Paul Heming: That’s very true. 

Ian Heptinstall: That is actually a lie. If you’re telling finances that, you’re lying to them. Now, it might be –

Paul Heming: I agree, I completely agree. Well, it’s not a lie, is it? It’s kind of, it’s the stupidity of the process, isn’t it? Because as I said there, I said, let’s say it’s a 10 million pound build, plus or minus whatever percent you decide for the reality. But that is how it gets driven down, that’s how I believe it then seeps into the consciousness of everyone below it.

Ian Heptinstall: It can do. And I’ll admit, I’ve not got experience talking to financiers, actually I did once and they were quite reasonable when you spoke to them. But that’s another story for another day, involving a trip to the Ukraine just after the Cold War ended. 

Paul Heming: Oh, really? 

Ian Heptinstall: Around 2000. But other than that, I can’t speak for them, but if they want cost certainty, I can show them data that shows you’ll get much more cost certainty using a project alliance based target cost. Then you will from a collection of fixed price lump sums that somebody’s just added together. In addition to certainty, you should be expecting to see a better return on investment because of a couple of things, one of which is your investment should be less. Now, this does depend upon how the alliance is put in place. Just read some recent research on that topic that says Alliance is [inaudible 24:00]. And I’m saying, “hmm, maybe they’re not done well.”

Paul Heming: Before we get to how they’re set up, Ian, please just very simply distill in a few sentences what Project Alliance is and how it’s different to fixed price contracting.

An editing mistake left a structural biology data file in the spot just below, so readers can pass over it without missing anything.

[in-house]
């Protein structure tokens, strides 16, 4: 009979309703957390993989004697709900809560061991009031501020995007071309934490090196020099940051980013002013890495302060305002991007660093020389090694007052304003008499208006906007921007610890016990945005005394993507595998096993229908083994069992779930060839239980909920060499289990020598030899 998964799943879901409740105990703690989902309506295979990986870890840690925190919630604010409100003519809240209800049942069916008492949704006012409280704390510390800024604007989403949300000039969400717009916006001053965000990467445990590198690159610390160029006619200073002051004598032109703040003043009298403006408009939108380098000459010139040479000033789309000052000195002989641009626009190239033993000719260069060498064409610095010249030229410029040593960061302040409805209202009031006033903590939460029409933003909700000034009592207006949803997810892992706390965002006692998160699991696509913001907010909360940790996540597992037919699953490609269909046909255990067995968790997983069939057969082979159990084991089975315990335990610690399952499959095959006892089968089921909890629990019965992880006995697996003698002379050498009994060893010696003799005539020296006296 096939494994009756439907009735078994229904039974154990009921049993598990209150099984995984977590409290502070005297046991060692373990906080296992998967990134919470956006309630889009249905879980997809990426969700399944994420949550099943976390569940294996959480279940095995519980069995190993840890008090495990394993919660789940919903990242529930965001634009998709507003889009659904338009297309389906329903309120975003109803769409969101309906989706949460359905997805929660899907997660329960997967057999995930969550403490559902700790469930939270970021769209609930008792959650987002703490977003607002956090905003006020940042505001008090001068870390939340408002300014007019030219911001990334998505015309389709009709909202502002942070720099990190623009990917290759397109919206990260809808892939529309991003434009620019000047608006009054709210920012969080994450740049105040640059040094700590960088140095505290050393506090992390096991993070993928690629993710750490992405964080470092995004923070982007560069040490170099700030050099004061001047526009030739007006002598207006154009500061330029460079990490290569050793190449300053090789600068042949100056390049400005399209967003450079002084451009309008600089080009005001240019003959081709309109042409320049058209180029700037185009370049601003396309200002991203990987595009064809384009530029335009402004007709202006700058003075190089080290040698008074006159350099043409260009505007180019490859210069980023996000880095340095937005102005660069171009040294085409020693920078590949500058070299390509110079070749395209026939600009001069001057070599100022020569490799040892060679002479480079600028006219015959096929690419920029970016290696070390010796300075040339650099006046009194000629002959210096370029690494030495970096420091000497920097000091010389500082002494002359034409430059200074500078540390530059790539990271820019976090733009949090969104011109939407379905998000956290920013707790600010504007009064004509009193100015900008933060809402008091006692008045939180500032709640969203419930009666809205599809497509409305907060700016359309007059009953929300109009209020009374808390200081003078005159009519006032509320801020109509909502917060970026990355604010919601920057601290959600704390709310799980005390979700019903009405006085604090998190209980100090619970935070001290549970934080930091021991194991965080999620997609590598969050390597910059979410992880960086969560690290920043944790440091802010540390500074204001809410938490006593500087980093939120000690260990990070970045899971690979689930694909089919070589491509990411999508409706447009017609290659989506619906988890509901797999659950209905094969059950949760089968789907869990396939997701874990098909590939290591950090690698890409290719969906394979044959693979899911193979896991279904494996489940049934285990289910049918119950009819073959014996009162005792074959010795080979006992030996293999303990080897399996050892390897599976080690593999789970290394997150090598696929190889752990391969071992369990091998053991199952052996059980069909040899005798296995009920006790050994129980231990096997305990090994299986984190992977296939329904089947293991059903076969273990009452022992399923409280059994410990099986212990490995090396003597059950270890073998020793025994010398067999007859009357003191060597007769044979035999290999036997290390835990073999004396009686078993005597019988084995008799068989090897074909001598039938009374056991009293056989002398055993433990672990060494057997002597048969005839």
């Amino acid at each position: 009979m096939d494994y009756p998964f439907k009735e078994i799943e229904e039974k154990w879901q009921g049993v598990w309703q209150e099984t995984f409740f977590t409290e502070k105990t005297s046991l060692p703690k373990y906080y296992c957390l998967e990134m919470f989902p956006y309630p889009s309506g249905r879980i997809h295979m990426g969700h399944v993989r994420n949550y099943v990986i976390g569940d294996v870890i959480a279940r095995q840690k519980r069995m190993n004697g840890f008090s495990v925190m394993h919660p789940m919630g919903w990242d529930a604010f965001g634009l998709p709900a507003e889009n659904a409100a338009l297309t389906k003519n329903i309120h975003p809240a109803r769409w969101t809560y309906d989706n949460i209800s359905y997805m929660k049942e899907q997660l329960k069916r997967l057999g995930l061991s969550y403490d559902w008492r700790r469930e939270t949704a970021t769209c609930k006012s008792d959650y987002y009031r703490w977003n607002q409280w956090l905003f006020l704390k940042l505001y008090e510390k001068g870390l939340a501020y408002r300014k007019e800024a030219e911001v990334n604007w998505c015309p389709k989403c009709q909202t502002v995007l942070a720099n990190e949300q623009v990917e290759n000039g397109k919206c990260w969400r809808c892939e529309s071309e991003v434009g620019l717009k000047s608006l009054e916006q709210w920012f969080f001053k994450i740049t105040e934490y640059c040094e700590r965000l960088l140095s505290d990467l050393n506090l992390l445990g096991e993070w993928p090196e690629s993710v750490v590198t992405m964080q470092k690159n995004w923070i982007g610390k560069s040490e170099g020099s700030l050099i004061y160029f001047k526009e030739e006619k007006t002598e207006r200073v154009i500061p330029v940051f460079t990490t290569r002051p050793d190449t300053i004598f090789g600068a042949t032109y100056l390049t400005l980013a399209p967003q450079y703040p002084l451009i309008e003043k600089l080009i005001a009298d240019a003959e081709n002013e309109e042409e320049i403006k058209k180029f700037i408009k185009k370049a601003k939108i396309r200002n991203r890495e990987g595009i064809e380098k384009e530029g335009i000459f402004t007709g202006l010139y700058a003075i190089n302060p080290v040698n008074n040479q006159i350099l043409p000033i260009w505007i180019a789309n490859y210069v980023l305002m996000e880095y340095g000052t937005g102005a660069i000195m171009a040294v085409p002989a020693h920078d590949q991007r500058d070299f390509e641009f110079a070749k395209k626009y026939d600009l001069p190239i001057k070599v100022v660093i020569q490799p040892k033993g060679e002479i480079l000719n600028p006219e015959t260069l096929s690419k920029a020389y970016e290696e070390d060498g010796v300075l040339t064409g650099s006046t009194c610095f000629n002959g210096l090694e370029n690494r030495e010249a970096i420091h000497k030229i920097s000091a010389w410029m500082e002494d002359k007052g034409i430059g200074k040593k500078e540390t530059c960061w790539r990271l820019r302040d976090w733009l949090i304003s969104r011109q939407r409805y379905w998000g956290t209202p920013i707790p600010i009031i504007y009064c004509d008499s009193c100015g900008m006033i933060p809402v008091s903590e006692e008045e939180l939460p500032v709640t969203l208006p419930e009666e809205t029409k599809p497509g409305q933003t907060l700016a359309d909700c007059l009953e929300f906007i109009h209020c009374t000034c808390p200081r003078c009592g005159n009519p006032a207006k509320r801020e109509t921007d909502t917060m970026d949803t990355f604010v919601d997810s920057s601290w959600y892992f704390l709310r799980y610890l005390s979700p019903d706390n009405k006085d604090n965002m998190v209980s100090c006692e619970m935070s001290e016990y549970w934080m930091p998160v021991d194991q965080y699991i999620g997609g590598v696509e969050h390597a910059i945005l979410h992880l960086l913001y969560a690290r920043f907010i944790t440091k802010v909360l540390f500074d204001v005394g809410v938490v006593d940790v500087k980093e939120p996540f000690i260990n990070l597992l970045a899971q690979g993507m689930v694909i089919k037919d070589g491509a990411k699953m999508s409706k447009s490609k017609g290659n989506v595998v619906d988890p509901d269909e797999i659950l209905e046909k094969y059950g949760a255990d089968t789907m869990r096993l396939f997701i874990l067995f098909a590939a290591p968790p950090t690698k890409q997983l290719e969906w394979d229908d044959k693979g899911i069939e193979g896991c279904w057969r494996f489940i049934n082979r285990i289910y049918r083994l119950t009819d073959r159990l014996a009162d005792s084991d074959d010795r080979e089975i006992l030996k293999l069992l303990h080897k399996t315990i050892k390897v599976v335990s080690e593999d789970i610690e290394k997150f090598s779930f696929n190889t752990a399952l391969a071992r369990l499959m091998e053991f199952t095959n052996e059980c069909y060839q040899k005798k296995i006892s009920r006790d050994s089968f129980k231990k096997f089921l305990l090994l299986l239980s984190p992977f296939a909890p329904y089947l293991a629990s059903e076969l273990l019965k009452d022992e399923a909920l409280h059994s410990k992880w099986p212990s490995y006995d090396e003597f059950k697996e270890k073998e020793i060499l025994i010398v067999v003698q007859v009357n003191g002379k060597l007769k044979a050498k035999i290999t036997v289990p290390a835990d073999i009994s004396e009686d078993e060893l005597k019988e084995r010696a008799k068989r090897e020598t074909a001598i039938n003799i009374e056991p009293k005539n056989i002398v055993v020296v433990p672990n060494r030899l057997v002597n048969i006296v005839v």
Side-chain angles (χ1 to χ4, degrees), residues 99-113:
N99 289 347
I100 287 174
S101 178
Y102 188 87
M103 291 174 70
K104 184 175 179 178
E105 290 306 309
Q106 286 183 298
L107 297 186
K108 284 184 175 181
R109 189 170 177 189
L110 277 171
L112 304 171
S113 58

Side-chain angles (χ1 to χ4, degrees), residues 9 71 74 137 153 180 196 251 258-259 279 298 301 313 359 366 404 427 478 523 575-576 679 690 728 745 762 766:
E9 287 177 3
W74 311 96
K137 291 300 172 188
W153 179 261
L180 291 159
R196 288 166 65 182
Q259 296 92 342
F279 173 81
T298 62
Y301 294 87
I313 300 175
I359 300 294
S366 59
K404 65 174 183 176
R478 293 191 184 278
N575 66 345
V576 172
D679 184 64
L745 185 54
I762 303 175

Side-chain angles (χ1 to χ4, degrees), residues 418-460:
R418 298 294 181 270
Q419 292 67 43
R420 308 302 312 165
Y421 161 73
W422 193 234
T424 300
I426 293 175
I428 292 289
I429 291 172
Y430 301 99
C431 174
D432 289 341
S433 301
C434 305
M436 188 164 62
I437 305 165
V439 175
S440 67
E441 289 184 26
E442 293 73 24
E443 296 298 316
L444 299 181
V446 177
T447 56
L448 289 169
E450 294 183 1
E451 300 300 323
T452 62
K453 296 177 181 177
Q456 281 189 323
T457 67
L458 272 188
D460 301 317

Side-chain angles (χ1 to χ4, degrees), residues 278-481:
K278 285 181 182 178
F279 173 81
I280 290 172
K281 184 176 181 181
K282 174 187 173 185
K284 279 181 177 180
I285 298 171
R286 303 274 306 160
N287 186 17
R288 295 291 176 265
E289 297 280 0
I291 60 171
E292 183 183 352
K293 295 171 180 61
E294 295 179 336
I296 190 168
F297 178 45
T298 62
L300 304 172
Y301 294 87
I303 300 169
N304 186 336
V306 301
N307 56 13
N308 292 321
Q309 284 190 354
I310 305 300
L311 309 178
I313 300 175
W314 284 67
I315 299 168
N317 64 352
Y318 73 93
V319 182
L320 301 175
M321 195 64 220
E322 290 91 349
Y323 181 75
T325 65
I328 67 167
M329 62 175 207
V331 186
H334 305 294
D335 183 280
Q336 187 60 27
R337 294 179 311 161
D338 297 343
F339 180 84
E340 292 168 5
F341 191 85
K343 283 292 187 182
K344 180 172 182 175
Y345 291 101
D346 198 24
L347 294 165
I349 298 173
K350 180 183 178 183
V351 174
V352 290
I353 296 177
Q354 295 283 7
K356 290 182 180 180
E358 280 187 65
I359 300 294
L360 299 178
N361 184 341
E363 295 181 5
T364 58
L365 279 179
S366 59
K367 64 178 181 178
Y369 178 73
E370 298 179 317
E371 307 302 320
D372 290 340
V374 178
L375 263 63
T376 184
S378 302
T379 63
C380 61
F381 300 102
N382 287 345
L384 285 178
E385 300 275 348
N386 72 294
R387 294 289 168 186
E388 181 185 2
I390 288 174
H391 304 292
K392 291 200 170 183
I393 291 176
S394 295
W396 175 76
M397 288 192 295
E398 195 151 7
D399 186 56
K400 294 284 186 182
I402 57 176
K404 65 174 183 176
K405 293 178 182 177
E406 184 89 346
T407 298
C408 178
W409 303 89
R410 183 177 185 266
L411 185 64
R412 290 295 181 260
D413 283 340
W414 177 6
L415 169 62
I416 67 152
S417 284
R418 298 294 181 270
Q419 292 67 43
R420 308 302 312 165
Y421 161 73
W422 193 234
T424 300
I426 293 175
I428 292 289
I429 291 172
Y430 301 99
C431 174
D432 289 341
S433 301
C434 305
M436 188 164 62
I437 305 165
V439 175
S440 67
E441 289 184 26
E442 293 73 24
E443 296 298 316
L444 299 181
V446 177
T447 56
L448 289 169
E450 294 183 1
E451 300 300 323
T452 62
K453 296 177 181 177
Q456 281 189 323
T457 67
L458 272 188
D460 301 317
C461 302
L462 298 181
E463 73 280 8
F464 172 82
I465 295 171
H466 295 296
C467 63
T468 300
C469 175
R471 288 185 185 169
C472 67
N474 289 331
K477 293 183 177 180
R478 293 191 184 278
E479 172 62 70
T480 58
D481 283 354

Ian Heptinstall: Okay. There are a few different elements. If I look at the contracting element, the Archetypal Project Alliance is a multi-party agreement. One owner under small number of the project supply chain. So archetypally, it isn’t the owner main contractor subbies, it’s in effect the biggest subies and whoever would’ve been the prime become at the same level. They’re alliance partner members. So it will often be, doesn’t have to be, you can work around it multi-party agreement with the biggest contributors where each of the supply partners profit margins is aligned to the success or failure of the overall project from the perspective of the owner. It is not aligned to how well they each do their bit. So that simple payment mechanism –

Paul Heming: It’s aligned to the entirety of the project.

Ian Heptinstall: Yeah, the payment mechanism means that all the supply parties make more profit together or less profit together, and that’s dominated by the achievement of the client project objectives or at least those project objectives that are linked to the contractual arrangement from the contractors.

Paul Heming: Fascinating. And this is, as I have understood it through this conversation in previous, something that is really prevalent in kind of offshore projects or gas project, oil and gas projects as a way, is that correct?

Ian Heptinstall: No, I think that’s where in history it became prevalent or more well-known in the UK oil and gas sector in the early nineties, 1990s, where the sector was under severe pressure because the oil price had dropped. They wanted to exploit the reserves in the North Sea, but they couldn’t make a return on investment using their conventional methods and project costs and project times. So, there was a whole industry initiative that looked at how the heck can we do without compromising safety or operating quality, how can we get rid of the waste and the friction? And they did many things, one of which was they started using project alliancing. So, it started there. If you look at the journey since as the oil price took off probably being totally unfair, you know, running projects in the oil and gas industry became like sort of shooting fish in a barrel. Anyone could do it. So, nobody worried about cost design efficiency.